Mercedes-Benz To Recall Three Million Cars In Europe Over Software Emissions Fault

Mercedes-Benz drivers in Europe will be offered a software fix for their diesel cars, with up to three million vehicles affected.

Daimler, which owns the luxury car maker, is currently undergoing investigation by authorities over the possible manipulation of diesel exhaust emission figures.

The fix is expected to be cost the company €220million (£195m) but will be free for car owners, a Daimler spokesperson said.

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They said the action was a ‘voluntary service measure’ to cut nitrogen oxide pollution and not linked to the police investigation.

“The service actions involve no costs for the customers. The implementation of the measures will be starting in the next weeks,” they added.

The measures come after German MPs questioned Mercedes-Benz executives about emissions and the manufacturer agreed to undergo another round of tests.

Earlier in the year, German police searched 11 offices of the car manufacturer as they investigated potential fraudulent emissions data.

The recall is expected to take time, due to the amount of cars involved, with up to 300,000 vehicles under scrutiny in the UK.

It applies to nearly all Euro 5 and Euro 6 vehicles, stretching across their range from the A-class to the E-class.

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Labour MP, and the former chair of the commons Transport Committee, Louise Ellman, said the Mercedes recall increased concerns about diesel engines.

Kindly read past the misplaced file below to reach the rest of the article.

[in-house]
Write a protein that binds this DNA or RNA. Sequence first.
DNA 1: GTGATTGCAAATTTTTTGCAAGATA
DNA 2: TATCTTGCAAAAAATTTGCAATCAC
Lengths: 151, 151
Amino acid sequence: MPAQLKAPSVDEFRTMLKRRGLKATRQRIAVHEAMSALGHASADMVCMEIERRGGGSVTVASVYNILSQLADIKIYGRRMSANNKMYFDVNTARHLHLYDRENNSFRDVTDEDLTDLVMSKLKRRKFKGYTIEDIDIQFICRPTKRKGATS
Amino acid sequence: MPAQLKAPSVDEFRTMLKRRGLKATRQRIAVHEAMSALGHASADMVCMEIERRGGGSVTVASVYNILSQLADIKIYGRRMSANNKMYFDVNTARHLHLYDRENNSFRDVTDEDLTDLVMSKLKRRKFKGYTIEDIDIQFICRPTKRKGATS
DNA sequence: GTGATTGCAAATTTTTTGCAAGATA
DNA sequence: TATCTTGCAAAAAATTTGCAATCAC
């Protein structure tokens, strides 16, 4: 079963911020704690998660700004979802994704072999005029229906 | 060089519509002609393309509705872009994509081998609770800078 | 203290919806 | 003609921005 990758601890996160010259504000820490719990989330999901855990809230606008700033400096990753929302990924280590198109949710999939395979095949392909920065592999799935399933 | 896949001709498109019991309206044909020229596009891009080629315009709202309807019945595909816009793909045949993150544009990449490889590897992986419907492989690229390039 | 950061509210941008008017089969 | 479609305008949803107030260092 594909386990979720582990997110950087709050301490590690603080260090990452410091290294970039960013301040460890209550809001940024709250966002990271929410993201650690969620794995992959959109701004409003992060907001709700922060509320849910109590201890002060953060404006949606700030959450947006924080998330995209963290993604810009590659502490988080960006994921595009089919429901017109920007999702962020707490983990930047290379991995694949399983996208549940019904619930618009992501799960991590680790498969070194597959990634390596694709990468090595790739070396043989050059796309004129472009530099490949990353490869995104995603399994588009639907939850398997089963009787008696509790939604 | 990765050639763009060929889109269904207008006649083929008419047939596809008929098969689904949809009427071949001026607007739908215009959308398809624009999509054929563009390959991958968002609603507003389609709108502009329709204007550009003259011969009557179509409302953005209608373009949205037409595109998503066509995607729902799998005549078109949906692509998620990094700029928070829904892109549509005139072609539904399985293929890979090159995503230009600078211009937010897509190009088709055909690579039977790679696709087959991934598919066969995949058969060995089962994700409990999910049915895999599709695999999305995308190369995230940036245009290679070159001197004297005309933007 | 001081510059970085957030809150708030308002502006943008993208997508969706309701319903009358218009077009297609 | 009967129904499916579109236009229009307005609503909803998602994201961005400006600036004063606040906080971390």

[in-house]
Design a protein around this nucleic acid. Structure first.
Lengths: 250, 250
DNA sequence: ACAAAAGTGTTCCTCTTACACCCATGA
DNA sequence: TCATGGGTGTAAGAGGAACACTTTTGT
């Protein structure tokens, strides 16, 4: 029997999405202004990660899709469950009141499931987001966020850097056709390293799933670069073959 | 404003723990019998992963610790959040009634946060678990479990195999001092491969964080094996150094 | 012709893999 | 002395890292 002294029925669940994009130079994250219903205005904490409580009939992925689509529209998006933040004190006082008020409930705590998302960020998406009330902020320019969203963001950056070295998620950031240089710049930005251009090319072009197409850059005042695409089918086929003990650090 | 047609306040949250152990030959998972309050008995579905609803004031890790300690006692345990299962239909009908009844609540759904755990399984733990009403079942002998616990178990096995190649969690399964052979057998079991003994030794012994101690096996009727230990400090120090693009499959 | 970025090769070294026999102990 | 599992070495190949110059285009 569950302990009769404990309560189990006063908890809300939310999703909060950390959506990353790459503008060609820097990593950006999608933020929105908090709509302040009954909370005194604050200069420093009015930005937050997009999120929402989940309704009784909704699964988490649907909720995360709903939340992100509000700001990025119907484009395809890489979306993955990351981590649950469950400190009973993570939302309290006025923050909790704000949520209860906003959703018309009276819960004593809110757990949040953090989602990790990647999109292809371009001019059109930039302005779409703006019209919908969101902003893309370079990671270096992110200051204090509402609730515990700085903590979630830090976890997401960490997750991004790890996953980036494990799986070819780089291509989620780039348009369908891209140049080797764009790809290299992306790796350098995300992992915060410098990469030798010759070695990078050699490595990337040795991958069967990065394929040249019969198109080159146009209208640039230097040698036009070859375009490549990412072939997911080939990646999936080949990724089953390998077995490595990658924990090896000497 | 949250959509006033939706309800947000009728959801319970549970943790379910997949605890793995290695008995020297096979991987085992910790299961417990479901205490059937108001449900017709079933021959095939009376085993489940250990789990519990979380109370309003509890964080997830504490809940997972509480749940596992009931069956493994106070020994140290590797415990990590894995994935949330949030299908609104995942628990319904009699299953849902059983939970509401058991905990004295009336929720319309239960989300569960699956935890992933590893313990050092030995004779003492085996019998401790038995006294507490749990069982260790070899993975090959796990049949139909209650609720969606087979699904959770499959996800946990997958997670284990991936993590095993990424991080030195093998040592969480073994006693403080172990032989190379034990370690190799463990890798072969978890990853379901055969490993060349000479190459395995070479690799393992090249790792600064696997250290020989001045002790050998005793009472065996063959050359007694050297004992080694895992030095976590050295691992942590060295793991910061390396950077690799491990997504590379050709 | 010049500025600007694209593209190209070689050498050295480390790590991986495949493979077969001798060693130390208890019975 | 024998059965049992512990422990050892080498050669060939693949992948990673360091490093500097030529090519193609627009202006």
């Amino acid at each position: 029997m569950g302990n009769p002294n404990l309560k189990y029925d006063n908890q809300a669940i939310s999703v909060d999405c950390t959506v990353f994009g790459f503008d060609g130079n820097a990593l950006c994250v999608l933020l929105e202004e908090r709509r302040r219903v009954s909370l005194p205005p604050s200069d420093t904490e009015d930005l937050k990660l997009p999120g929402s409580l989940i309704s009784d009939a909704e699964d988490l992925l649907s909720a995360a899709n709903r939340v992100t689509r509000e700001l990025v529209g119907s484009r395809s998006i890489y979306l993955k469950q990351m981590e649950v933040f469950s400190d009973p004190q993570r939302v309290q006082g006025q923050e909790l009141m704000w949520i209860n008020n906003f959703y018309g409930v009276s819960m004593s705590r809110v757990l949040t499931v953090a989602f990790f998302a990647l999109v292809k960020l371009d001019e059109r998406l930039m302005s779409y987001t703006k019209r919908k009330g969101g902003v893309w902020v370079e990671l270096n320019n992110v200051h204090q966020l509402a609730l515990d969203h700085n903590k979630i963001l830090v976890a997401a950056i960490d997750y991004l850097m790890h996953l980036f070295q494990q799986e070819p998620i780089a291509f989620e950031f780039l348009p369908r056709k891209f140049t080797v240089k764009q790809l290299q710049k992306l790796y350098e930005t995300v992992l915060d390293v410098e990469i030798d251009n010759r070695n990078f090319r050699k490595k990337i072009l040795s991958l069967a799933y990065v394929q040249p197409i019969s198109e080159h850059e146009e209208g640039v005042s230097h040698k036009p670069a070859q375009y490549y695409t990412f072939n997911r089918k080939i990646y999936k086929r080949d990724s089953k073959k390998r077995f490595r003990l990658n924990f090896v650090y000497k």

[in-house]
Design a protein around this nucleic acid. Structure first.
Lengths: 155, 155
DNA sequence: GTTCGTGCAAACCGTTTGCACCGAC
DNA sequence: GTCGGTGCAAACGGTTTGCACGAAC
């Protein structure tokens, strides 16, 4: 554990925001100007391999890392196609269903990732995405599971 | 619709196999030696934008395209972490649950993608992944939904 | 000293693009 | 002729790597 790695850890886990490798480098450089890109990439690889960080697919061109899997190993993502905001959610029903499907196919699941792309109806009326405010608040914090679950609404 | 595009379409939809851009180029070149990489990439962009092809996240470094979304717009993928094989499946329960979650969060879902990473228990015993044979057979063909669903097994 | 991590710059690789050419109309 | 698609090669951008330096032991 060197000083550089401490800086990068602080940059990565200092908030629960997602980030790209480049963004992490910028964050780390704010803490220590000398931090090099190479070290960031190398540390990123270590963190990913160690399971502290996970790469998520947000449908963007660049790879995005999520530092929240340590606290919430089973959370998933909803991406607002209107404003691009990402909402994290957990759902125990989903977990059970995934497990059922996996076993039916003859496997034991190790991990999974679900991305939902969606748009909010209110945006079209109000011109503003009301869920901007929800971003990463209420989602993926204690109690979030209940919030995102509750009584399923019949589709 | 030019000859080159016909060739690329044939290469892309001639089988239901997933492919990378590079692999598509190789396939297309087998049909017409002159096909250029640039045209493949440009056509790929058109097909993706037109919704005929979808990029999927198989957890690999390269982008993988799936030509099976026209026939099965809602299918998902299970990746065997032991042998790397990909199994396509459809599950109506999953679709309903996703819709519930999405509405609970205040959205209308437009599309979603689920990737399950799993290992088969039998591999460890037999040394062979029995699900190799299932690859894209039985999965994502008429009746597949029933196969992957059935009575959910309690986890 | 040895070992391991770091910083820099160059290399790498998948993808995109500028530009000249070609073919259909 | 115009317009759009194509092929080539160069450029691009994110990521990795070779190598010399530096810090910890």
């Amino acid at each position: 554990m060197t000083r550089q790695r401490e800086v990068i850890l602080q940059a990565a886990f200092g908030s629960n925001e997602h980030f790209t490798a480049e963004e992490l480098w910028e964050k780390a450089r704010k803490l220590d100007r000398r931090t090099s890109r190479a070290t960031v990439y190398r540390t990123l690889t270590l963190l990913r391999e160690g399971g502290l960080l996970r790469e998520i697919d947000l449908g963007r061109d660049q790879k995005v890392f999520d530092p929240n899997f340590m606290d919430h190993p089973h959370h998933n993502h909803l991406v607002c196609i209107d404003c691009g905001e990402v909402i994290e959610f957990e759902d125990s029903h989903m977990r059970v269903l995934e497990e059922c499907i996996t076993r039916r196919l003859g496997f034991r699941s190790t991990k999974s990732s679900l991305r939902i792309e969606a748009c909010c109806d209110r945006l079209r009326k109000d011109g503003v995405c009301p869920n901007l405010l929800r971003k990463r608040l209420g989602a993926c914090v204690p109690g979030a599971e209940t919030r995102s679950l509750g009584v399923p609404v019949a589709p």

She said: “This reinforces the need for stricter testing and spot checks on cars.

“Drivers must be extremely worried about the implications of this recall and question whether there is any liability on the part of the manufacturer.”

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In 2015, car manufacturer VW was at the centre of a scandal that saw ‘defeat devices’ fitted on their cars that made them appear cleaner than they were.

In the same year, VW admitted to installing software in diesel engines on nearly 600,000 VW, Porsche, and Audi vehicles that allowed cars to spew harmful nitrogen oxide at up to 40 times above the legal limit.

Source: BBCThe Sun and The Guardian

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